This is also in the Popocatepetl updates (see link at top of page), but it’s awesome enough to share in a separate post, too.
The volcanologists say the dome is 250 meters (roughly 820 feet) by 30 meters (98 feet) and has a volume of 1.5 million cubic meters/530 million cubic feet. Extrusion rate is 31 cubic meters/1,100 cubic feet per second. (Again, this type of volcano has “sticky” gray lava, not “runny” red lava like Kilauea.)
Per CENAPRED’s post this morning (via Google Translate and my own translation, with added link)
In the last 25 years of activity of the Popocatépetl volcano, 80 domes have formed; the recording of their growth and subsequent destruction has been possible thanks to the overflights made with the support of the Ministry of the Navy and the Federal Police.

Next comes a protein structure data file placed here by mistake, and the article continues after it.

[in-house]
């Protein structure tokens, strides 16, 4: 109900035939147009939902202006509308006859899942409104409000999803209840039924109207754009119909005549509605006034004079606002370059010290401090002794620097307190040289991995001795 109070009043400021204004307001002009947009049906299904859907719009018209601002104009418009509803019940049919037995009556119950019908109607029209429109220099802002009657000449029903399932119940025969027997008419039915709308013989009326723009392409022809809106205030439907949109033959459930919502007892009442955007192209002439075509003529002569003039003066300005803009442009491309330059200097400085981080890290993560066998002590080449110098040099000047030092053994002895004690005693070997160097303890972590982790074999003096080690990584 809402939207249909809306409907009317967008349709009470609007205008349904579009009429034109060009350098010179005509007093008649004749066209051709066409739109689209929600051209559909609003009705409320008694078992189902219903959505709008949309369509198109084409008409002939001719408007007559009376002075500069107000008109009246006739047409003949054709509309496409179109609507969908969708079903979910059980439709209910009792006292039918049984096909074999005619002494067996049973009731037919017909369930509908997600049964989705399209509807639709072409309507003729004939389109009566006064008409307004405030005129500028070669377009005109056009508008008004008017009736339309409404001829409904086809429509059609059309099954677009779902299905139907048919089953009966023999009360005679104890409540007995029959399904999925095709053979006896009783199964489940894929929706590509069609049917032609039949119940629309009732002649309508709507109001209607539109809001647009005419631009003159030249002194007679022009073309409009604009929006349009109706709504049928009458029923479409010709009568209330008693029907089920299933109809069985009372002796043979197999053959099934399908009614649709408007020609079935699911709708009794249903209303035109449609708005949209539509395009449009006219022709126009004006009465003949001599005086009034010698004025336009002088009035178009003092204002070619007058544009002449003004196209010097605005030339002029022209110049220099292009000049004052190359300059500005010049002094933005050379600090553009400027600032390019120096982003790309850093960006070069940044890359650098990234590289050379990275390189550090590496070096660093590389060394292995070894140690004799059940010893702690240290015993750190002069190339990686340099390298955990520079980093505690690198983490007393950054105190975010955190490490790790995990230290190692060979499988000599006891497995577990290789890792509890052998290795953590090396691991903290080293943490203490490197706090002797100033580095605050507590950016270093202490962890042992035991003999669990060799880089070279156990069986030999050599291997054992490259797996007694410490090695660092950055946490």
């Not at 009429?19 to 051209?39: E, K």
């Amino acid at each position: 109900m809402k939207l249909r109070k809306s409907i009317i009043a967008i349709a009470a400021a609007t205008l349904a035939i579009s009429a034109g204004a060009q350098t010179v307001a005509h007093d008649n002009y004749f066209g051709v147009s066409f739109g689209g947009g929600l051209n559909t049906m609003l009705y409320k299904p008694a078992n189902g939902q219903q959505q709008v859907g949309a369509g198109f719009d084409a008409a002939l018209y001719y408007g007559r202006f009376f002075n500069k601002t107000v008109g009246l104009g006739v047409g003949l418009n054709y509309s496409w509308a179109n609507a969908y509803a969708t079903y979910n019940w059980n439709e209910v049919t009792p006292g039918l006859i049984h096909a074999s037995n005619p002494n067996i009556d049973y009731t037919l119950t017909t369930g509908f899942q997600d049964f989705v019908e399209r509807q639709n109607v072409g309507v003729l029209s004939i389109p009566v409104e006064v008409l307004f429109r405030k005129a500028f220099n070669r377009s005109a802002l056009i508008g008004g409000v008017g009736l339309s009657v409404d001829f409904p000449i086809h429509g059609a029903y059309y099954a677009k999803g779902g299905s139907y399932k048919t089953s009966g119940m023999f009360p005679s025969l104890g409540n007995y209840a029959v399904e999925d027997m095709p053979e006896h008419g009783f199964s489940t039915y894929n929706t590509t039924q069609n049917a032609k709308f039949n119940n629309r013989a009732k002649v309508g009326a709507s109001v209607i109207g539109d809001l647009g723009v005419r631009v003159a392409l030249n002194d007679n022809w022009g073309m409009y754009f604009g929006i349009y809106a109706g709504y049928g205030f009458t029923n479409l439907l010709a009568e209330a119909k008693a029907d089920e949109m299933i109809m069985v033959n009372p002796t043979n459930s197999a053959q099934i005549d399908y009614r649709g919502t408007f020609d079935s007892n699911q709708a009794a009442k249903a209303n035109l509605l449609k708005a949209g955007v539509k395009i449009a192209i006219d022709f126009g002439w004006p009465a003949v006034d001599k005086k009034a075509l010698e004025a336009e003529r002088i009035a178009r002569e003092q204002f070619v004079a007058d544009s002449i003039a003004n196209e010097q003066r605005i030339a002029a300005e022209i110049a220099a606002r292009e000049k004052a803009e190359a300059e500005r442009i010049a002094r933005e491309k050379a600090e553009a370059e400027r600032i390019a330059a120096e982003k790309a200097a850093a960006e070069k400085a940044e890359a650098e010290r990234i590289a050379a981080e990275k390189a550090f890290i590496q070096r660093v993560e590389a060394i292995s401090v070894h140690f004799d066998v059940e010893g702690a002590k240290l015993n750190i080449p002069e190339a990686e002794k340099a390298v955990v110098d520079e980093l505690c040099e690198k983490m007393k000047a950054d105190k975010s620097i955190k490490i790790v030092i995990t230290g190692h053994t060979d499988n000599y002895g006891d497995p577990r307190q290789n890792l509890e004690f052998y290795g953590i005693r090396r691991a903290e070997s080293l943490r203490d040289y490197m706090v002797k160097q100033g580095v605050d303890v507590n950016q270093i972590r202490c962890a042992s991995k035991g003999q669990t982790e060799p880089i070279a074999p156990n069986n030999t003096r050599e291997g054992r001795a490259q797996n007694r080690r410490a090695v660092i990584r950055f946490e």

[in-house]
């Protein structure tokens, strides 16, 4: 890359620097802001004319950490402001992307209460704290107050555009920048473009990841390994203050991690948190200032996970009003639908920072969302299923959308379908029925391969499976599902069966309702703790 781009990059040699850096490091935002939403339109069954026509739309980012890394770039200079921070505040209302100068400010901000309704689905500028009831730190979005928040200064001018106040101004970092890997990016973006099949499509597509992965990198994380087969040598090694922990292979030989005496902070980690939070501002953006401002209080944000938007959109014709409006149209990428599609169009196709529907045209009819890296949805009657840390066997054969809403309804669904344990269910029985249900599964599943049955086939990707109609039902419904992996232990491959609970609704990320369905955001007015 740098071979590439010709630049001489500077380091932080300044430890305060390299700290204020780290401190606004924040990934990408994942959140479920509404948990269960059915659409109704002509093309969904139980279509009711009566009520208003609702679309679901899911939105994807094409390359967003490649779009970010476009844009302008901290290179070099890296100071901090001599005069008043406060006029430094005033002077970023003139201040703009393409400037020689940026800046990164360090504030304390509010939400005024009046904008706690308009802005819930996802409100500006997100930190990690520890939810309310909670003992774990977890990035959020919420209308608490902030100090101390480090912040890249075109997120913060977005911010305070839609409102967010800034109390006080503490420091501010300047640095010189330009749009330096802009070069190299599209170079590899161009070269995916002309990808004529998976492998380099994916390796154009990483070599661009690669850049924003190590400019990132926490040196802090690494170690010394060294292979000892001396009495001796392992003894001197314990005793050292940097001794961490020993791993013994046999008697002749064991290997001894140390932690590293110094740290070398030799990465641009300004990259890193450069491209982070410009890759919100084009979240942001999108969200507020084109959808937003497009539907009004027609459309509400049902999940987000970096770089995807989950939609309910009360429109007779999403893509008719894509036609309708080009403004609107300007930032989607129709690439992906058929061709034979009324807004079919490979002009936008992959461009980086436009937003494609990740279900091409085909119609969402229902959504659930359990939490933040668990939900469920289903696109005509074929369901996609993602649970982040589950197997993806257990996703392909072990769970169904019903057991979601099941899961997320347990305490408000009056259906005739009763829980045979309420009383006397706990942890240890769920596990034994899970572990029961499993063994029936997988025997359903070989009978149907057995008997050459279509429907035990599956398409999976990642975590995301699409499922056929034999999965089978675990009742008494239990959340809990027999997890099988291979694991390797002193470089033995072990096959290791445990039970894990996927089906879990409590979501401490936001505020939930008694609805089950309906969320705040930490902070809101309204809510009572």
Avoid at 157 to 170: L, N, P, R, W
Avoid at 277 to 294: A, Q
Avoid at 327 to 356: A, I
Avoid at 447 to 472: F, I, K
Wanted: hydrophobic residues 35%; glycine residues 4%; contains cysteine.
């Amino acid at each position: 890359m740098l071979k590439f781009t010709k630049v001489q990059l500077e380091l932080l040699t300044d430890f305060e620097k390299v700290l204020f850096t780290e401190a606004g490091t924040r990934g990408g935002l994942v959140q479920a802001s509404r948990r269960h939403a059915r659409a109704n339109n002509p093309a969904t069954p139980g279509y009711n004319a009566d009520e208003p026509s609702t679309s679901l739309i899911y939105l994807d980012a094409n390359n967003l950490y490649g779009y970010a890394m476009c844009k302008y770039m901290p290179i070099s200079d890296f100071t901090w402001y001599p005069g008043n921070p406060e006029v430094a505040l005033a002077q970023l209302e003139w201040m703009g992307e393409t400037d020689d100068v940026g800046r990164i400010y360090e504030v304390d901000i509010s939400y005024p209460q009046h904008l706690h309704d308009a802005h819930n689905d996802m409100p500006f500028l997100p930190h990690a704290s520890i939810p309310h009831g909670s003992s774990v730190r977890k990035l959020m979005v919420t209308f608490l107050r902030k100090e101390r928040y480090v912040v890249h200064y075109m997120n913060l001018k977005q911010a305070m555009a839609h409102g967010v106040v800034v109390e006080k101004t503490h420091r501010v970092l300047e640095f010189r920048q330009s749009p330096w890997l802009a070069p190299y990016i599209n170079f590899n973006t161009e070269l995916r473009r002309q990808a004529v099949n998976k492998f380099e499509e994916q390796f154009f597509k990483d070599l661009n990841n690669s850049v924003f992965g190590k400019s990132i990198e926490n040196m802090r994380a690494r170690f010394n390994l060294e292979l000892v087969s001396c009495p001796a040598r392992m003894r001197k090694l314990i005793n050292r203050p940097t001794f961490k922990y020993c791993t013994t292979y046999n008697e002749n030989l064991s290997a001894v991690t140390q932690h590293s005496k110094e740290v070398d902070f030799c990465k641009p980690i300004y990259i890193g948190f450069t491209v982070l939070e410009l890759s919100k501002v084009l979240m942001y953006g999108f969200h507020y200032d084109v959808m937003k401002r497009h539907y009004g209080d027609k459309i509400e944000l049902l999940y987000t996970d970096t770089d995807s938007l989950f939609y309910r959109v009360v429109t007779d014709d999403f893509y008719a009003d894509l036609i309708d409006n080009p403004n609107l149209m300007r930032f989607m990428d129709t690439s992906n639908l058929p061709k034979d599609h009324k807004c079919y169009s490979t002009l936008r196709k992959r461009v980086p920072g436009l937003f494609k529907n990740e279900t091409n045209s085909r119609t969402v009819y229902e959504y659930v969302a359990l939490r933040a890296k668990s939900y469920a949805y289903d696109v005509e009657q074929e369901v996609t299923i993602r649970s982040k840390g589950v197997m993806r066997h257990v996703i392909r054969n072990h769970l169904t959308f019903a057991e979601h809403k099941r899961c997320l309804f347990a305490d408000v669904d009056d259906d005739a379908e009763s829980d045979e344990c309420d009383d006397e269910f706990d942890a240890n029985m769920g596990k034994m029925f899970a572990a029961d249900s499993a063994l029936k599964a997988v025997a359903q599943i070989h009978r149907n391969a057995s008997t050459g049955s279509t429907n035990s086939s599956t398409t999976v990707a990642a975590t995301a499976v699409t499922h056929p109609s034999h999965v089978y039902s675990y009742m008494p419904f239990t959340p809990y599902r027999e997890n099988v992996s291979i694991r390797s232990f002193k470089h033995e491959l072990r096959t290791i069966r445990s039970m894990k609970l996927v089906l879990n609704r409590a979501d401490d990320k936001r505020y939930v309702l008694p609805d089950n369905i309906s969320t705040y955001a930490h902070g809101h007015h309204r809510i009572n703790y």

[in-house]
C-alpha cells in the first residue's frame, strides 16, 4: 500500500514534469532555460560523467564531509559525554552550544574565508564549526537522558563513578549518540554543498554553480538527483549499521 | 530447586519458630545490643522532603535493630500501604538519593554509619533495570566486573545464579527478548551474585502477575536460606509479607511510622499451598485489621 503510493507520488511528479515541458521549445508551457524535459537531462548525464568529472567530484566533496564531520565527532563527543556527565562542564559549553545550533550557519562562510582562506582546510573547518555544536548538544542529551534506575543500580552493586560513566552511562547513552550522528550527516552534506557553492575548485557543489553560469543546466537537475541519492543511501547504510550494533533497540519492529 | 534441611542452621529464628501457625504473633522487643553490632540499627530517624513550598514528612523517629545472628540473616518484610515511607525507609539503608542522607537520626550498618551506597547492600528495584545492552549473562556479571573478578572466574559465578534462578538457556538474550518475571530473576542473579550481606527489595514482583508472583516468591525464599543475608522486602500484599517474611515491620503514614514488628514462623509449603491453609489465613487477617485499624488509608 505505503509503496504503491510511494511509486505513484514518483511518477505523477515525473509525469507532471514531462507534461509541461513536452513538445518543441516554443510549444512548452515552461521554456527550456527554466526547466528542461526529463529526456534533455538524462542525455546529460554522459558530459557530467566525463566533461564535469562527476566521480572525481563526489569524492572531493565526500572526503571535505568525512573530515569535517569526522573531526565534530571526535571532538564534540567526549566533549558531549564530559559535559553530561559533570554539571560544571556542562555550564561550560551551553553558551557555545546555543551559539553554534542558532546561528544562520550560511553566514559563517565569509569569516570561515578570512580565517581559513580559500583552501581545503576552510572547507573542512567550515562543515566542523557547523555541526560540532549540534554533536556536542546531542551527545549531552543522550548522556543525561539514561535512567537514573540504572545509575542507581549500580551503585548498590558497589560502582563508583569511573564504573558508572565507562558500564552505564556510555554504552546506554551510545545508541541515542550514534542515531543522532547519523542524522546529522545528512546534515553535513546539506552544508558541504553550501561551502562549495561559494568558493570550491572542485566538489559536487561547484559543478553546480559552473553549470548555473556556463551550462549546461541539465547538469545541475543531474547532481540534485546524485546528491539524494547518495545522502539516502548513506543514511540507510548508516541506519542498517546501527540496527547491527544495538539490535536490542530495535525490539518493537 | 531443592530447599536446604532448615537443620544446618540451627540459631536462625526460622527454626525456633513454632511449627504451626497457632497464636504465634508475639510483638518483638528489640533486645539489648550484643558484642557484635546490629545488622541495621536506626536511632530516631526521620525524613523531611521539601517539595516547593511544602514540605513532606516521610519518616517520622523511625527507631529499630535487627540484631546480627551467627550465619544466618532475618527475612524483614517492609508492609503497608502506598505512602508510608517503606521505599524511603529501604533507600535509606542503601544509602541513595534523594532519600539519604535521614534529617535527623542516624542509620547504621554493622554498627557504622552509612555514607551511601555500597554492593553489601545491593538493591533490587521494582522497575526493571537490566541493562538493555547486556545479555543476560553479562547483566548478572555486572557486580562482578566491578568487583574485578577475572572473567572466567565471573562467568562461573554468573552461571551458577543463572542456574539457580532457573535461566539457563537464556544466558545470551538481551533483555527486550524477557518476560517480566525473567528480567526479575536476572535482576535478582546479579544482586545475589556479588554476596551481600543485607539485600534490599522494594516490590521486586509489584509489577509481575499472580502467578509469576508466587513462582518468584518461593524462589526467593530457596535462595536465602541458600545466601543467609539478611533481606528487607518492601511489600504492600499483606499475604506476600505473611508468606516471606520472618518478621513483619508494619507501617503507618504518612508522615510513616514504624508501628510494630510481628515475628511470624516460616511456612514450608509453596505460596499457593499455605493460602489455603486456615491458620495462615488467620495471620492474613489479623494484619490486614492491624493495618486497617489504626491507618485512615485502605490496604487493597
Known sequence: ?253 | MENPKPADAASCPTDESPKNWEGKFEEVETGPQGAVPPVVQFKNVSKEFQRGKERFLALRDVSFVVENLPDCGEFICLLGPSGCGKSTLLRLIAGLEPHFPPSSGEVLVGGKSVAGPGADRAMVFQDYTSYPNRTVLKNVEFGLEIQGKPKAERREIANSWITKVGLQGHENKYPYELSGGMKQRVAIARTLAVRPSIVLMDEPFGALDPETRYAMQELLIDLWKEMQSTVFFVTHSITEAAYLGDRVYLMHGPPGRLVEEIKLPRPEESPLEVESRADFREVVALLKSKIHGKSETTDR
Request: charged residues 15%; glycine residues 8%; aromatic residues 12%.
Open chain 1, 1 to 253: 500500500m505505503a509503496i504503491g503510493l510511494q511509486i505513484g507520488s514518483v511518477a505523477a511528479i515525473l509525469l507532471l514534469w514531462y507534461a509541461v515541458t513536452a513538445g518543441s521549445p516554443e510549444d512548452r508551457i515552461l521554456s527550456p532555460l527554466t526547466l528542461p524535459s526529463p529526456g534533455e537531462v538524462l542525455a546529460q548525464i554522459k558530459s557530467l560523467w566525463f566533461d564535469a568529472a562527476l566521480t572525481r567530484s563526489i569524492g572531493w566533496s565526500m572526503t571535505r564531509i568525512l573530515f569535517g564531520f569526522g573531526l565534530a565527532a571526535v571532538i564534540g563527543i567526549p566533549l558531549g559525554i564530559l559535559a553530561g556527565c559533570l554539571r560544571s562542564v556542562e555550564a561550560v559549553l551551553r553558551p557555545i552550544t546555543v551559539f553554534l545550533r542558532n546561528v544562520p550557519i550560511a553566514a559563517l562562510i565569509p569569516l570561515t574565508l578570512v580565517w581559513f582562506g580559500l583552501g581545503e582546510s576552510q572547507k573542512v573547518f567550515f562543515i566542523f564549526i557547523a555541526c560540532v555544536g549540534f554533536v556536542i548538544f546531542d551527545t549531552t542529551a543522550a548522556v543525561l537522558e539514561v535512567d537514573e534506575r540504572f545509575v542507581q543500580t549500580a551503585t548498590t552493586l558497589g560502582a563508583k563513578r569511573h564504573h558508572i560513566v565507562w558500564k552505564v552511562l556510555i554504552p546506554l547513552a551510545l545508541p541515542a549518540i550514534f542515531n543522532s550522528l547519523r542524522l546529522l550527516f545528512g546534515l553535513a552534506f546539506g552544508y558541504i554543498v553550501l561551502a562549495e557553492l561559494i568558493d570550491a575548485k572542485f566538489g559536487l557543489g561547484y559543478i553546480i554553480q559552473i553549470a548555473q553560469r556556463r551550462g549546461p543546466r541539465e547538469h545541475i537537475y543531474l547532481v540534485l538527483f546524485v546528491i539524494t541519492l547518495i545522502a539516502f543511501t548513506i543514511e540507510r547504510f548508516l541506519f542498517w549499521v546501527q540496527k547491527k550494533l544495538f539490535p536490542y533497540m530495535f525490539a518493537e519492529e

In addition to the overflights, it should be noted that the monitoring of the Popocatépetl volcano includes seismic, geochemical, geodetic monitoring, remote sensor image analysis, etc.
The National Center for Disaster Prevention issues a bulletin [here it is in English] every 24 hours on the activity of the Popocatépetl volcano 365 days a year. Any change in the activity of the volcano is communicated in a timely manner by the official accounts of Civil Protection @PcSegob.
Of note, here is a time-lapse video of four webcams showing Popo this moring; of course the scale is too big to see the helicopter.
Per G. K. Chesterton, 114 years ago: Fight the thing that you fear.